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Kentucky Wildcats: Skal Labissiere 2016 NBA Draft Profile

He may no longer be considered the top overall pick, but Skal will hear his name called early on draft night.

Jim Brown-USA TODAY Sports

When Skal Labissiere committed to the Kentucky Wildcats in 2015, John Calipari and Big Blue Nation thought that the next great big man was secured. Skal would follow in the footsteps of Antony Davis, DeMarcus Cousins, and Karl-Anthony Towns as an offensively skilled big man that would be in contention for the number one pick when the 2016 NBA draft rolled around.

Things did not go as planned. Although from time to time Skal showcased the offensive prowess that made him one of the top recruits in his class, he found it difficult to log minutes as the season progressed. At times he looked confused at his position on defense, he did not rebound with intensity, and if he missed shots early, he would check out for the rest of the game.

There is really no way around it, Skal was a bust at Kentucky. But much like he did as a high school player, he has scouts drooling because of his sensational workouts. He is a seven-footer that can drain outside jump shots with consistency and that is a luxury in the NBA.

Here are Skal's stats while he was at UK:

Points per game- 6.6

Rebounds per game- 3.1

Blocks per game- 1.6

Skal did have some shining moments at Kentucky like when he outplayed Ben Simmons in the final game of the regular season against LSU. But he only scored in double-digits 10 times all season and he never once recorded a double-double of any kind.

Here is what the draft projections say about Skal. #13 to the Phoenix Suns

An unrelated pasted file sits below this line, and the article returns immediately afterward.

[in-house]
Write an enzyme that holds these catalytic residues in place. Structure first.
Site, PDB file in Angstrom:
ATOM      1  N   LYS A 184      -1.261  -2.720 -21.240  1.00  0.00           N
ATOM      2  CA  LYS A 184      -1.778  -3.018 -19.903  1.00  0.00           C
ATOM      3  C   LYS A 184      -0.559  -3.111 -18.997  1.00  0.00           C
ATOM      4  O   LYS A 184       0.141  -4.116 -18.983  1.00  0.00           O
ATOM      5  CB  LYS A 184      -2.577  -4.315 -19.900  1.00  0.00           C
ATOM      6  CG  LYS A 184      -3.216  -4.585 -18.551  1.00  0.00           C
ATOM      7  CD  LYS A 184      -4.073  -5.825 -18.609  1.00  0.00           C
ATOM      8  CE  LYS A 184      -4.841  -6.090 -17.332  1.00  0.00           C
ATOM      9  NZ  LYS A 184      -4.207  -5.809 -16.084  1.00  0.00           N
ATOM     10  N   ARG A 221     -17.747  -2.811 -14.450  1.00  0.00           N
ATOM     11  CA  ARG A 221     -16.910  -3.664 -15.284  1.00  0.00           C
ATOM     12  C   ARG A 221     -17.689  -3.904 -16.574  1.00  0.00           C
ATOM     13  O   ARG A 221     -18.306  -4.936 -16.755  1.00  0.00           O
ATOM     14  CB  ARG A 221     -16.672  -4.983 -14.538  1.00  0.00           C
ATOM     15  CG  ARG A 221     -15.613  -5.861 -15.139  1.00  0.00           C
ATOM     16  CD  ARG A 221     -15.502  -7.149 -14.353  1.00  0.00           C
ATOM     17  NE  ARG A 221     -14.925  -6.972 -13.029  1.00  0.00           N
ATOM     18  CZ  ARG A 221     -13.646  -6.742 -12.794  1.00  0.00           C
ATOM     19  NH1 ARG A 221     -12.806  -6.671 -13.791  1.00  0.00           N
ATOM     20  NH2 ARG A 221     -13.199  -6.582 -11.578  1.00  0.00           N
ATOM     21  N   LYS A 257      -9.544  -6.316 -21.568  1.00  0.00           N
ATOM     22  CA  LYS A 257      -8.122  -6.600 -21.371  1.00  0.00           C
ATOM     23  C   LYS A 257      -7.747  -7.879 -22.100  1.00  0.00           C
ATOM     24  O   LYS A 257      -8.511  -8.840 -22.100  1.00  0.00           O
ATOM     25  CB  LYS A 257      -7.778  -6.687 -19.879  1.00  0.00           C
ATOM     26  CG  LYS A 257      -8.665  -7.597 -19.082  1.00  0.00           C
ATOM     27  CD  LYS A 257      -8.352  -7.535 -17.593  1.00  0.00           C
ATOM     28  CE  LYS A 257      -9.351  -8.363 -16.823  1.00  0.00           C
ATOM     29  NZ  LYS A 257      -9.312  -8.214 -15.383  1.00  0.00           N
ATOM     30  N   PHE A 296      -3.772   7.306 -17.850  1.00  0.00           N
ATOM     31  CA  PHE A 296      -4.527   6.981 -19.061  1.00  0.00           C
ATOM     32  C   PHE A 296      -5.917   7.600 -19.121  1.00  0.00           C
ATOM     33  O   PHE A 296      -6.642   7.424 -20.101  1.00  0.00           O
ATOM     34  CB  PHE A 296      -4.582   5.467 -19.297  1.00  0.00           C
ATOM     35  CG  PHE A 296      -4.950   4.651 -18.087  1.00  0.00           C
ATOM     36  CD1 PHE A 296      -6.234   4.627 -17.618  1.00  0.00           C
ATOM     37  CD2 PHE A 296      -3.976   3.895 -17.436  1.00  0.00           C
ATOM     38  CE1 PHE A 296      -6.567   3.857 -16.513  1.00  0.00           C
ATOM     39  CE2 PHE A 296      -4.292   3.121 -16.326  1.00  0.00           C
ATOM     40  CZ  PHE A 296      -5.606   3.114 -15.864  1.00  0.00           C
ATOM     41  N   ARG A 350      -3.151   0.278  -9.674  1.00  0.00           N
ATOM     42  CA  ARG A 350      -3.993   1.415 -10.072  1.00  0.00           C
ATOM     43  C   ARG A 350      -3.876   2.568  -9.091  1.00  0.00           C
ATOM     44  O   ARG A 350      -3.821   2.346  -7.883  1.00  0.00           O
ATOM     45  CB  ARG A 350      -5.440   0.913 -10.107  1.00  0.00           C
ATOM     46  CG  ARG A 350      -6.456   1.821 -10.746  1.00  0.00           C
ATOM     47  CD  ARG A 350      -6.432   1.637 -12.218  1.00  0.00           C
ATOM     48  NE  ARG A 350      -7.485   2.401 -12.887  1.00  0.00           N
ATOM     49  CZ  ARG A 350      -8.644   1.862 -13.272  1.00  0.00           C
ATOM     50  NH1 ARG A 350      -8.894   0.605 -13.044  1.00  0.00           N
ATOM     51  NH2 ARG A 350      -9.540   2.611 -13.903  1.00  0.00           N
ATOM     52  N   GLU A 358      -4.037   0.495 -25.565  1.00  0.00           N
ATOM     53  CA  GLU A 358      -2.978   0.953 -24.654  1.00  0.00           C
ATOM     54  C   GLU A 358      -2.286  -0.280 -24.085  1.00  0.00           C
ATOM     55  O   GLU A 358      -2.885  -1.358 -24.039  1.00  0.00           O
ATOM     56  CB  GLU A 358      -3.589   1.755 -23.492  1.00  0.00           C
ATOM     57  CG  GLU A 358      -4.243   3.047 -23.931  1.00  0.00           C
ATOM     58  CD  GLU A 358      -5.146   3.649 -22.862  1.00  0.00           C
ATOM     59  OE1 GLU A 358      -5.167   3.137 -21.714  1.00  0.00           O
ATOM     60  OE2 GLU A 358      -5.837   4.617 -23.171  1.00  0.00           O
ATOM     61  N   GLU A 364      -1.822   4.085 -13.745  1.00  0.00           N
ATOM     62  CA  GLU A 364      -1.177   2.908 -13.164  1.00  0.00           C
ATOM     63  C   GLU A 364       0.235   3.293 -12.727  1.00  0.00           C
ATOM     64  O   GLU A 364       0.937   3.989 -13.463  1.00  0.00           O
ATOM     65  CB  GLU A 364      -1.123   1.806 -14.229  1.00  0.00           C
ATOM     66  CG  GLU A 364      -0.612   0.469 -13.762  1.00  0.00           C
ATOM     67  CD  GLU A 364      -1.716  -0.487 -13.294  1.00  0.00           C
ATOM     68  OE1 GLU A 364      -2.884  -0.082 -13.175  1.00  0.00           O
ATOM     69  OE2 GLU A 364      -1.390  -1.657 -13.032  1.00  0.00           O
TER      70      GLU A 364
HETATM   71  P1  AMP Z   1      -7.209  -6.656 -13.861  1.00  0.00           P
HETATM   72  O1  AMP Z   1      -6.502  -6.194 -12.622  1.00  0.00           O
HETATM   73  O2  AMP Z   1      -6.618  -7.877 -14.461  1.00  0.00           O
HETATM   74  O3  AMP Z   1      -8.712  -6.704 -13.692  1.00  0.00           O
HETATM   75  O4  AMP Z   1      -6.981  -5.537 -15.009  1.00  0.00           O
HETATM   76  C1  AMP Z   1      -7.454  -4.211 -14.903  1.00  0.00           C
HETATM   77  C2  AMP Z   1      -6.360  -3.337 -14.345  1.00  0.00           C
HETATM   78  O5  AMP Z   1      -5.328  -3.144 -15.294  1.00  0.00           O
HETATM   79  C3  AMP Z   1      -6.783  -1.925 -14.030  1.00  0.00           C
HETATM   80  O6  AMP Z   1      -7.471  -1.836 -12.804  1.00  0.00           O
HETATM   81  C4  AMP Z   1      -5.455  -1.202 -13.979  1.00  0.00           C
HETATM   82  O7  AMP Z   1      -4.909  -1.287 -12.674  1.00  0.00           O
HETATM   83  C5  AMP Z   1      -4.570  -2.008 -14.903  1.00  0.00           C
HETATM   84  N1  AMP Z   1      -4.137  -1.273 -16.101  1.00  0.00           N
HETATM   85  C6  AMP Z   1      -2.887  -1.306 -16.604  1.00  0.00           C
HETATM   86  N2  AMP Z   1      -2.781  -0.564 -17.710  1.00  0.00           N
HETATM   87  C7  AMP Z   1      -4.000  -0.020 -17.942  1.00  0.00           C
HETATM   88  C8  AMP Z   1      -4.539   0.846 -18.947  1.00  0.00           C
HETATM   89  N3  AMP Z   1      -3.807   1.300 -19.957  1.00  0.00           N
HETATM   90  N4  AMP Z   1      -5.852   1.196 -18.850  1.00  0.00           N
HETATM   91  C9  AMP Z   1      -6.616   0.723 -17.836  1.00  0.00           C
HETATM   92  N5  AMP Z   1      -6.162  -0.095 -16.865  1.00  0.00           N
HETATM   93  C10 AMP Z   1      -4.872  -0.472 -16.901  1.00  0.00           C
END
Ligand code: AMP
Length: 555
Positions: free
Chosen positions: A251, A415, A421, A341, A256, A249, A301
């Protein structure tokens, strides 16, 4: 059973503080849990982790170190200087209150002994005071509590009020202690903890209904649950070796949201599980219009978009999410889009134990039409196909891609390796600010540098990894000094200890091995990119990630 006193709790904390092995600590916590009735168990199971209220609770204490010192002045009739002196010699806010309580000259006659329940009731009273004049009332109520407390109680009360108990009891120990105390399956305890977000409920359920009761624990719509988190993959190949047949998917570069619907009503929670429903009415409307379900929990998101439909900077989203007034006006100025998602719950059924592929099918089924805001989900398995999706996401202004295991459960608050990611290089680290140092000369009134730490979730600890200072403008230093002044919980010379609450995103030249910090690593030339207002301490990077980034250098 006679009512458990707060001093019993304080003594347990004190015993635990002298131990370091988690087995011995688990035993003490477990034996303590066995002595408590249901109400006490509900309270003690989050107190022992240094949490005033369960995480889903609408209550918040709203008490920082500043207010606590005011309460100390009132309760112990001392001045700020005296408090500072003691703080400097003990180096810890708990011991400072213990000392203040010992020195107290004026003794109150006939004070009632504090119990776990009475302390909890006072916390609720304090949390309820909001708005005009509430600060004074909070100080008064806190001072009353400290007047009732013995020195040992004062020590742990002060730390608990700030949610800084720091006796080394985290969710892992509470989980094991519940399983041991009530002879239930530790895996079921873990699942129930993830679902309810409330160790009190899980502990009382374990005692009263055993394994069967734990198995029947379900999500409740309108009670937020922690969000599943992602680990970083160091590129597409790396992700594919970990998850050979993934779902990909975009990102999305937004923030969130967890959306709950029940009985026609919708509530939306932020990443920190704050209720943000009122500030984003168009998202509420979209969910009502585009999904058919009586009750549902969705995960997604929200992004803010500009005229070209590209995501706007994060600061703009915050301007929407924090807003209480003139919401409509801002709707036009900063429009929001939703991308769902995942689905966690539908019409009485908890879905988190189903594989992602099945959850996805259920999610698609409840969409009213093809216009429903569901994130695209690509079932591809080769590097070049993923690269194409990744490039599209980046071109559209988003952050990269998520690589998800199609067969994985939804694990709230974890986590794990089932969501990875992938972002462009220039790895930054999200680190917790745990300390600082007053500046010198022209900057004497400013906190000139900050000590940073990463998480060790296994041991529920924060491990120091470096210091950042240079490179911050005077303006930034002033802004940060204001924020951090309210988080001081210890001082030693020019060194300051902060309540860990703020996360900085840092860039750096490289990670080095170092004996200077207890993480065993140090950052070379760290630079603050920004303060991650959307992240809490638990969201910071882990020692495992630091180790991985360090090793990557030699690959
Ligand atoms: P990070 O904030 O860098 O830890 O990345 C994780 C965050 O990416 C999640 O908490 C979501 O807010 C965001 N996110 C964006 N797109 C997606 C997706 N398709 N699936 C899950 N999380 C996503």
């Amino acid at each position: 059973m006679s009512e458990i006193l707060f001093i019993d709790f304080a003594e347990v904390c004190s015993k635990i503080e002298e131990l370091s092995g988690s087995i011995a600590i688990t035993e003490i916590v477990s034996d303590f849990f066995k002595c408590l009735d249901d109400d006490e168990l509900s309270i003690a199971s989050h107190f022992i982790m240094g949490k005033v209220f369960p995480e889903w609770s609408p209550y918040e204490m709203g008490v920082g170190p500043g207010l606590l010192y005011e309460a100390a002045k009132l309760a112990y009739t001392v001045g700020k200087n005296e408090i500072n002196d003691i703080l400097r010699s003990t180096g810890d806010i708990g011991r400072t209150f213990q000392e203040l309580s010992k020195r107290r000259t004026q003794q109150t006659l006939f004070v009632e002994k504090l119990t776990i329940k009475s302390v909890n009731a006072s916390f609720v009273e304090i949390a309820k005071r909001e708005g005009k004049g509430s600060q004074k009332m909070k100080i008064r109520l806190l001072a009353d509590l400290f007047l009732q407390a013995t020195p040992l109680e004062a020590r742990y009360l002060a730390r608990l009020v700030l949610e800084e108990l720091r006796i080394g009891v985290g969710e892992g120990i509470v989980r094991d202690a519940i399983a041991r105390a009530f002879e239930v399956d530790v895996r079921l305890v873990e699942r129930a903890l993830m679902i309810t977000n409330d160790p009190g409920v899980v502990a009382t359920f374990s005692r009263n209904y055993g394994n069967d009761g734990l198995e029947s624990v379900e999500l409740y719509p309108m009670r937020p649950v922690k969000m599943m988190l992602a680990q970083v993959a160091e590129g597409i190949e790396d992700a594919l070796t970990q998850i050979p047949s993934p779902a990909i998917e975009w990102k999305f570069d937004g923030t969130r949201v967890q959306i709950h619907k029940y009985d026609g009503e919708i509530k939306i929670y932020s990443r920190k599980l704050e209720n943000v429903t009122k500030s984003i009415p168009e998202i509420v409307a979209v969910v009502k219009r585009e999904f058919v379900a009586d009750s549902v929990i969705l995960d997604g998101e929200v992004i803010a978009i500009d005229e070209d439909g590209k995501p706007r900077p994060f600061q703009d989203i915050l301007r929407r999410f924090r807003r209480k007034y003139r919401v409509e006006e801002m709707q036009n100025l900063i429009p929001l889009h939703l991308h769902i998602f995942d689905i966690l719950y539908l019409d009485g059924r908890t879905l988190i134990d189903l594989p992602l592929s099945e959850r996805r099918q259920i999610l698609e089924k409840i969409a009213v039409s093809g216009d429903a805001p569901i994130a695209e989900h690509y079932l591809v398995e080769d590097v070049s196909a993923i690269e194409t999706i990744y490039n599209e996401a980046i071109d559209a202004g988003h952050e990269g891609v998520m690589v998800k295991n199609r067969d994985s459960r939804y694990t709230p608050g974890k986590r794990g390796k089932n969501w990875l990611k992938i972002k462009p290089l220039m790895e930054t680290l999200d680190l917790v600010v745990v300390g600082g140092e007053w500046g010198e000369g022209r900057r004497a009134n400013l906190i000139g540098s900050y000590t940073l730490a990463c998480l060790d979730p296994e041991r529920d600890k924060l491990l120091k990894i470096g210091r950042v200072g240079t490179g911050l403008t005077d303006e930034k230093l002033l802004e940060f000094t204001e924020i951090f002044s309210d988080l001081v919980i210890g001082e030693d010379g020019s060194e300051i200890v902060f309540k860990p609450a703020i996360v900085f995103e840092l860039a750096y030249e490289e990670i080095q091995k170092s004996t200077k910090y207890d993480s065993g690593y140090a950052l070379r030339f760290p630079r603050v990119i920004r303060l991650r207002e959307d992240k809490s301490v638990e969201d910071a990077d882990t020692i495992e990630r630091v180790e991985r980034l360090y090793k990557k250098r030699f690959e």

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Strengths: Labissiere possesses a prototypical combination of height (6'11) and length (7'2" wingspan and 9' standing reach) ... Springy athlete that can get off the floor quickly and runs the floor with very good speed and fluidity ... Great second jump, almost always the first off the ground ... Uses his size well to defend the rim ... Doesn't go for head or pump fakes often on smaller players ... Has enough lateral quickness to switch on to a guard in pick and roll defense ... A natural, high level shooter with excellent form. Also has great range on his jump shot. His shooting is what gives him such great intrigue ... Didn't show it often at Kentucky, but proved he could knock down threes consistently at the 2015 Nike Hoop Summit ... Excellent in pick and pop plays ... Some of his post moves (turnaround hook shots with either hand) show promise ... His potential is his real selling point right now ... His performance at the Nike Hoop Summit in which he dominated Thon Maker in practice and excelled throughout the week and in the game sold many scouts on his upside and some even thought he could be the top overall pick ... Has a frame that should allow him to add more bulk without it affecting his speed and athleticism ... Has a great attitude, and by all accounts a smart, high character kid ...